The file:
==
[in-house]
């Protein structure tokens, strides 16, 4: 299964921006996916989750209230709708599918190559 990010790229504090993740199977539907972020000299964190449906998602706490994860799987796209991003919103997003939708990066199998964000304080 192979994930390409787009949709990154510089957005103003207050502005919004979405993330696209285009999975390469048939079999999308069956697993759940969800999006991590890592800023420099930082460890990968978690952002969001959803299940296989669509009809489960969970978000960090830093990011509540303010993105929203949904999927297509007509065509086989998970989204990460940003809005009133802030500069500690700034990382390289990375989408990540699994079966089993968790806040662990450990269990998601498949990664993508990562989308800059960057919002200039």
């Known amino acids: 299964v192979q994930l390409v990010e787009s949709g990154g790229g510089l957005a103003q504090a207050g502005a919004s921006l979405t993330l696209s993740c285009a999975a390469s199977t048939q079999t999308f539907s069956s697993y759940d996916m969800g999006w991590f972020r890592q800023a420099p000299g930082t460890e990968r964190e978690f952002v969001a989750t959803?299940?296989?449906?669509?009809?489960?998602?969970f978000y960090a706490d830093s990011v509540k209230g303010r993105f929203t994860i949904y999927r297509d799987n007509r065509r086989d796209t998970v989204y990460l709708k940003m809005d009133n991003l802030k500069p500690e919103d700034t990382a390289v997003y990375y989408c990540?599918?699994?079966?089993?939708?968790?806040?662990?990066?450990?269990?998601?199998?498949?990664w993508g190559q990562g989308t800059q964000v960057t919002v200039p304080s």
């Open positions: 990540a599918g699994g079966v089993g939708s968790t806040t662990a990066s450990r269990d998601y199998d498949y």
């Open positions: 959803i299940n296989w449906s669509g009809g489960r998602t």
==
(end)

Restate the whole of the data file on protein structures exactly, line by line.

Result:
[in-house]
């Protein structure tokens, strides 16, 4: 299964921006996916989750209230709708599918190559 990010790229504090993740199977539907972020000299964190449906998602706490994860799987796209991003919103997003939708990066199998964000304080 192979994930390409787009949709990154510089957005103003207050502005919004979405993330696209285009999975390469048939079999999308069956697993759940969800999006991590890592800023420099930082460890990968978690952002969001959803299940296989669509009809489960969970978000960090830093990011509540303010993105929203949904999927297509007509065509086989998970989204990460940003809005009133802030500069500690700034990382390289990375989408990540699994079966089993968790806040662990450990269990998601498949990664993508990562989308800059960057919002200039």
């Known amino acids: 299964v192979q994930l390409v990010e787009s949709g990154g790229g510089l957005a103003q504090a207050g502005a919004s921006l979405t993330l696209s993740c285009a999975a390469s199977t048939q079999t999308f539907s069956s697993y759940d996916m969800g999006w991590f972020r890592q800023a420099p000299g930082t460890e990968r964190e978690f952002v969001a989750t959803?299940?296989?449906?669509?009809?489960?998602?969970f978000y960090a706490d830093s990011v509540k209230g303010r993105f929203t994860i949904y999927r297509d799987n007509r065509r086989d796209t998970v989204y990460l709708k940003m809005d009133n991003l802030k500069p500690e919103d700034t990382a390289v997003y990375y989408c990540?599918?699994?079966?089993?939708?968790?806040?662990?990066?450990?269990?998601?199998?498949?990664w993508g190559q990562g989308t800059q964000v960057t919002v200039p304080s």
């Open positions: 990540a599918g699994g079966v089993g939708s968790t806040t662990a990066s450990r269990d998601y199998d498949y």
């Open positions: 959803i299940n296989w449906s669509g009809g489960r998602t």